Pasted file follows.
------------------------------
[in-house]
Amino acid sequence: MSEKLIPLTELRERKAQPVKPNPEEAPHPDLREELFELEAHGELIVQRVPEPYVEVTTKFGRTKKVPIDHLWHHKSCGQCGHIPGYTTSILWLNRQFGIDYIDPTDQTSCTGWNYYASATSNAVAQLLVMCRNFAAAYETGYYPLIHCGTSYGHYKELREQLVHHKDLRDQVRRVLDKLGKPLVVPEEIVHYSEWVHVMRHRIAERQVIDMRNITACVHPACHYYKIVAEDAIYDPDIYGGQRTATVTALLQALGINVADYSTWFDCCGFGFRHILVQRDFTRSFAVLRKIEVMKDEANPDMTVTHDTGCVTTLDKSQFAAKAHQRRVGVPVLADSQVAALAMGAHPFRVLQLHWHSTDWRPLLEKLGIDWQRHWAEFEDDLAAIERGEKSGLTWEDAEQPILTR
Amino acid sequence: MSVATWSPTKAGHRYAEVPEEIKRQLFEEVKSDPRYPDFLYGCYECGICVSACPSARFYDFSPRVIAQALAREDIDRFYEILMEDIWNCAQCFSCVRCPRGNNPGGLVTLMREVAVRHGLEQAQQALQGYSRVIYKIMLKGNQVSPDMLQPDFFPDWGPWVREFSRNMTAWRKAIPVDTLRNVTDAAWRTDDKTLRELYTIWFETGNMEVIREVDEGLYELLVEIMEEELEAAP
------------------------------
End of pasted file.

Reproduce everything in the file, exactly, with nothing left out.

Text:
[in-house]
Amino acid sequence: MSEKLIPLTELRERKAQPVKPNPEEAPHPDLREELFELEAHGELIVQRVPEPYVEVTTKFGRTKKVPIDHLWHHKSCGQCGHIPGYTTSILWLNRQFGIDYIDPTDQTSCTGWNYYASATSNAVAQLLVMCRNFAAAYETGYYPLIHCGTSYGHYKELREQLVHHKDLRDQVRRVLDKLGKPLVVPEEIVHYSEWVHVMRHRIAERQVIDMRNITACVHPACHYYKIVAEDAIYDPDIYGGQRTATVTALLQALGINVADYSTWFDCCGFGFRHILVQRDFTRSFAVLRKIEVMKDEANPDMTVTHDTGCVTTLDKSQFAAKAHQRRVGVPVLADSQVAALAMGAHPFRVLQLHWHSTDWRPLLEKLGIDWQRHWAEFEDDLAAIERGEKSGLTWEDAEQPILTR
Amino acid sequence: MSVATWSPTKAGHRYAEVPEEIKRQLFEEVKSDPRYPDFLYGCYECGICVSACPSARFYDFSPRVIAQALAREDIDRFYEILMEDIWNCAQCFSCVRCPRGNNPGGLVTLMREVAVRHGLEQAQQALQGYSRVIYKIMLKGNQVSPDMLQPDFFPDWGPWVREFSRNMTAWRKAIPVDTLRNVTDAAWRTDDKTLRELYTIWFETGNMEVIREVDEGLYELLVEIMEEELEAAP